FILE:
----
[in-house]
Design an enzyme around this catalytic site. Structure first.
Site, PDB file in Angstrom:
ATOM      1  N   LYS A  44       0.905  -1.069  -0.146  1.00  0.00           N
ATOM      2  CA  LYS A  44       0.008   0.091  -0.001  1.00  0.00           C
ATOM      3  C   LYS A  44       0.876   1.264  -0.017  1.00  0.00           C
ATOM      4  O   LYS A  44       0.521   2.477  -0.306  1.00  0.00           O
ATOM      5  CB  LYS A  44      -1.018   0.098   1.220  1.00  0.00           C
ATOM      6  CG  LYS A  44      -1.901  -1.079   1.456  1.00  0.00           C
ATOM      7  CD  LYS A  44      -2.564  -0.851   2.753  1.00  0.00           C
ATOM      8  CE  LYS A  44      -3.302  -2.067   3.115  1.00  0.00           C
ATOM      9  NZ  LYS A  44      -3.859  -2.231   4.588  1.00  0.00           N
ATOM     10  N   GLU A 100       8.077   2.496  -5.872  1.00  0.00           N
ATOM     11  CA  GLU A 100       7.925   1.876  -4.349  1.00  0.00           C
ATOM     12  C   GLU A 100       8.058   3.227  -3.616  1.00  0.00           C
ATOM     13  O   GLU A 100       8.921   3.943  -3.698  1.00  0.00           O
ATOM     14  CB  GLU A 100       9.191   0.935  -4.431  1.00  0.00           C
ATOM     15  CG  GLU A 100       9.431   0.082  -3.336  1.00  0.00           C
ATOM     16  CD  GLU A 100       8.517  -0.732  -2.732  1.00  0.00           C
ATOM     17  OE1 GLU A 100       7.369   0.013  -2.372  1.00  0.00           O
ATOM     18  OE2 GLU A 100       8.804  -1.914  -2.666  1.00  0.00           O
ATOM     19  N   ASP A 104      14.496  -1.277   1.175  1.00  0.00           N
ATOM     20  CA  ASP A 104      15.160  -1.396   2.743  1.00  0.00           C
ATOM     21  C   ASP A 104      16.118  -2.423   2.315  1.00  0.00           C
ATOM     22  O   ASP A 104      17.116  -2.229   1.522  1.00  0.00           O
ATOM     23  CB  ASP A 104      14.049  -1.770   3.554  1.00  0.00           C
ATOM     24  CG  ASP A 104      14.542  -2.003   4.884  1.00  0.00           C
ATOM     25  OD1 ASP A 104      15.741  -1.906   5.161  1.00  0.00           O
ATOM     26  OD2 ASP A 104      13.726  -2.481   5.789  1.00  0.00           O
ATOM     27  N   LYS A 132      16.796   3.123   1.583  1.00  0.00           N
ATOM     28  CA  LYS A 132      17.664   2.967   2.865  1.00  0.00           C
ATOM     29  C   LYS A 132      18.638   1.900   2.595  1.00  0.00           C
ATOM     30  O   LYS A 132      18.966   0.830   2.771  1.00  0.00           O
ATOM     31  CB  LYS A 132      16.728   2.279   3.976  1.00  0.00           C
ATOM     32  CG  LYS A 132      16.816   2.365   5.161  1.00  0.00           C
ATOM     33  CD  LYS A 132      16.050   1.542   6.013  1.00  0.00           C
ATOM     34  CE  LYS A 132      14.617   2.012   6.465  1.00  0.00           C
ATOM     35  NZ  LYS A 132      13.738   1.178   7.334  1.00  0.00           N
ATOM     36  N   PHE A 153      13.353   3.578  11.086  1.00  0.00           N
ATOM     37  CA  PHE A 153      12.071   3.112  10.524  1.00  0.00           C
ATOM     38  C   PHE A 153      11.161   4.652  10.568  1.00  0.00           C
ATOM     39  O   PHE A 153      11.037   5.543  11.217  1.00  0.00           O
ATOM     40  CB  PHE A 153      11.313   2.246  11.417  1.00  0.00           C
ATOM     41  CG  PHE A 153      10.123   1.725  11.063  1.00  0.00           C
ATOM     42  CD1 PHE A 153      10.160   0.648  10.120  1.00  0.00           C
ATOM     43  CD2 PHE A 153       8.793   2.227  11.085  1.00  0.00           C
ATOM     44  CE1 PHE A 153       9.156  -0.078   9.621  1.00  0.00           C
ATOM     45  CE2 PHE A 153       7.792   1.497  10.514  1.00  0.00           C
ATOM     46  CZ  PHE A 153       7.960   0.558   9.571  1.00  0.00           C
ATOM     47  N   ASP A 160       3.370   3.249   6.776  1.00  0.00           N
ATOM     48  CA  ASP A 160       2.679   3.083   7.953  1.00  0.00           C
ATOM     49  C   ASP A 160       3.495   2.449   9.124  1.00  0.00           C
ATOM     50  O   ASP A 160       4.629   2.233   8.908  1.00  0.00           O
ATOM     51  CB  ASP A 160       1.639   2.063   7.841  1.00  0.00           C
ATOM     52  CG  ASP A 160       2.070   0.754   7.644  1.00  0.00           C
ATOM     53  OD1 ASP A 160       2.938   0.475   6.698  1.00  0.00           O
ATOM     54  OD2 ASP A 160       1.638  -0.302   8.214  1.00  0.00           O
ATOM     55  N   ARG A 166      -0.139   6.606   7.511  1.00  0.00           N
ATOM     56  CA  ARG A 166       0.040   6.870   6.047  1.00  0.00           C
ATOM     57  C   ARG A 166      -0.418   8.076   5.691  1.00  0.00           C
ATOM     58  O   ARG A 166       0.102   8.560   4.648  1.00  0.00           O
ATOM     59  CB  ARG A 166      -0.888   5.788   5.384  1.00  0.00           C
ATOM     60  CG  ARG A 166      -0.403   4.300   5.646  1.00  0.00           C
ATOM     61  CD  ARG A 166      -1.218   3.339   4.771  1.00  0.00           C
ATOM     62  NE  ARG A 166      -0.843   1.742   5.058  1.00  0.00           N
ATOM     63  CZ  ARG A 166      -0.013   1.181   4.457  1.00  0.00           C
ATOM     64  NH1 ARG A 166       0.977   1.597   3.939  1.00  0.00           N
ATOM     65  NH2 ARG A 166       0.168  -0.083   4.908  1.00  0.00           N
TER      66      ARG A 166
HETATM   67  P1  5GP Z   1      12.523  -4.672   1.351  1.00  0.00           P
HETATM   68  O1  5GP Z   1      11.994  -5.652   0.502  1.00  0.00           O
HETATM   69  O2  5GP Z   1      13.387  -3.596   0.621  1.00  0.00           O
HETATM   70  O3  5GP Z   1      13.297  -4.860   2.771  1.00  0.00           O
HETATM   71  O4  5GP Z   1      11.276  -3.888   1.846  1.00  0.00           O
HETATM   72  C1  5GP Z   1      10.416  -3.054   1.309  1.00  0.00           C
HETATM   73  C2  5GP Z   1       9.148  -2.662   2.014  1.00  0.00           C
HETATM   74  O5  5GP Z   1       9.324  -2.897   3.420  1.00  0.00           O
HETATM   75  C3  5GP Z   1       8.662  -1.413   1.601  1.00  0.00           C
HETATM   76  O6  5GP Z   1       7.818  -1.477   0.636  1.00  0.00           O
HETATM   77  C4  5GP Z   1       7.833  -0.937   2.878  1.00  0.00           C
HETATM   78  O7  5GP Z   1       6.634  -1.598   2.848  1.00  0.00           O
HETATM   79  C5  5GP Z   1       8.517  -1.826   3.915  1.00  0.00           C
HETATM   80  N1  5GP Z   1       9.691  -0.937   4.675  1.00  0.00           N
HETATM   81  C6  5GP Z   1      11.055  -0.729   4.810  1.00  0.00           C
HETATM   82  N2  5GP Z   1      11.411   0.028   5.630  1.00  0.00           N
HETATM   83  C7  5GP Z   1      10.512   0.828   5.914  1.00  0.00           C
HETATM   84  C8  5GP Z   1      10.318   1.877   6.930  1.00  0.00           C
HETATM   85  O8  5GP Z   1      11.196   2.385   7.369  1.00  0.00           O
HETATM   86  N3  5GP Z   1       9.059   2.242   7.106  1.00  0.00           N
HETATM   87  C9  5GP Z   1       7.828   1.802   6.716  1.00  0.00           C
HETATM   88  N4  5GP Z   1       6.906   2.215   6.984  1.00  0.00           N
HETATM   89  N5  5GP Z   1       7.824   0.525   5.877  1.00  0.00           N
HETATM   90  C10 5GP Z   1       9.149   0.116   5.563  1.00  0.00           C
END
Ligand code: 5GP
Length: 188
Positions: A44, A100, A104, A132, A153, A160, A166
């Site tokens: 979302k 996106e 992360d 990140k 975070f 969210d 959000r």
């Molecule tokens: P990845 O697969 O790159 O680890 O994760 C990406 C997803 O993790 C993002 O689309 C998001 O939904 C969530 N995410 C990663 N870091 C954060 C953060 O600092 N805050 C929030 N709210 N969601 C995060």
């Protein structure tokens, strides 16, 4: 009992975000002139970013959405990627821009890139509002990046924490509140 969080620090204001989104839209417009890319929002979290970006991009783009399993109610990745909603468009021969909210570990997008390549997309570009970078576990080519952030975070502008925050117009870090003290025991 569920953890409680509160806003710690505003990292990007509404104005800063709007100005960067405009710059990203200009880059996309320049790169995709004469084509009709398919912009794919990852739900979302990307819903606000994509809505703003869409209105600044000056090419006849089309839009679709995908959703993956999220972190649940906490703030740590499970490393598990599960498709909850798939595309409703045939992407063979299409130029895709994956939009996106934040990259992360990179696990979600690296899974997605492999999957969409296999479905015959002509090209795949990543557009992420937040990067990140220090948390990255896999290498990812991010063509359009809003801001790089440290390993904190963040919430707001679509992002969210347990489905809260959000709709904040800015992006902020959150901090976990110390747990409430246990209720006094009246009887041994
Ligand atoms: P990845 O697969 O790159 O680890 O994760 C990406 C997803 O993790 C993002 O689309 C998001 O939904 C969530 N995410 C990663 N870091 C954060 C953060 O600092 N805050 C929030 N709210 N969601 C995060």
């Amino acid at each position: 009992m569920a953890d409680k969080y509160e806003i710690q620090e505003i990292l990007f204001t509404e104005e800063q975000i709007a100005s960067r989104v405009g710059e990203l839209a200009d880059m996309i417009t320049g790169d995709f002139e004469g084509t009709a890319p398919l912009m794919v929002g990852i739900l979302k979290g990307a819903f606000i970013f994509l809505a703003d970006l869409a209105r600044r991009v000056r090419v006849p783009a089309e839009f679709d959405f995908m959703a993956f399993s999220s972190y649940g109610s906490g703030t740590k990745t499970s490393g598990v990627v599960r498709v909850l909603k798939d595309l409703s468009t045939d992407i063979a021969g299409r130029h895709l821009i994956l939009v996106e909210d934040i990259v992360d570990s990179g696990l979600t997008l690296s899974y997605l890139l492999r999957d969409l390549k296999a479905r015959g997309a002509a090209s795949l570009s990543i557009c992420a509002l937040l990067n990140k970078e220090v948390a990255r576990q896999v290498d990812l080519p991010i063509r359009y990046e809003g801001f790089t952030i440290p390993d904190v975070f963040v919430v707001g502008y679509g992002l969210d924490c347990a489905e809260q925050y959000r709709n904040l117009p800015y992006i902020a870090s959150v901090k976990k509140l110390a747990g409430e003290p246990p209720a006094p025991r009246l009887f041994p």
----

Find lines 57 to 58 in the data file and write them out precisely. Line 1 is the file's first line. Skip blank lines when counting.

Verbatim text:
ATOM     54  OD2 ASP A 160       1.638  -0.302   8.214  1.00  0.00           O
ATOM     55  N   ARG A 166      -0.139   6.606   7.511  1.00  0.00           N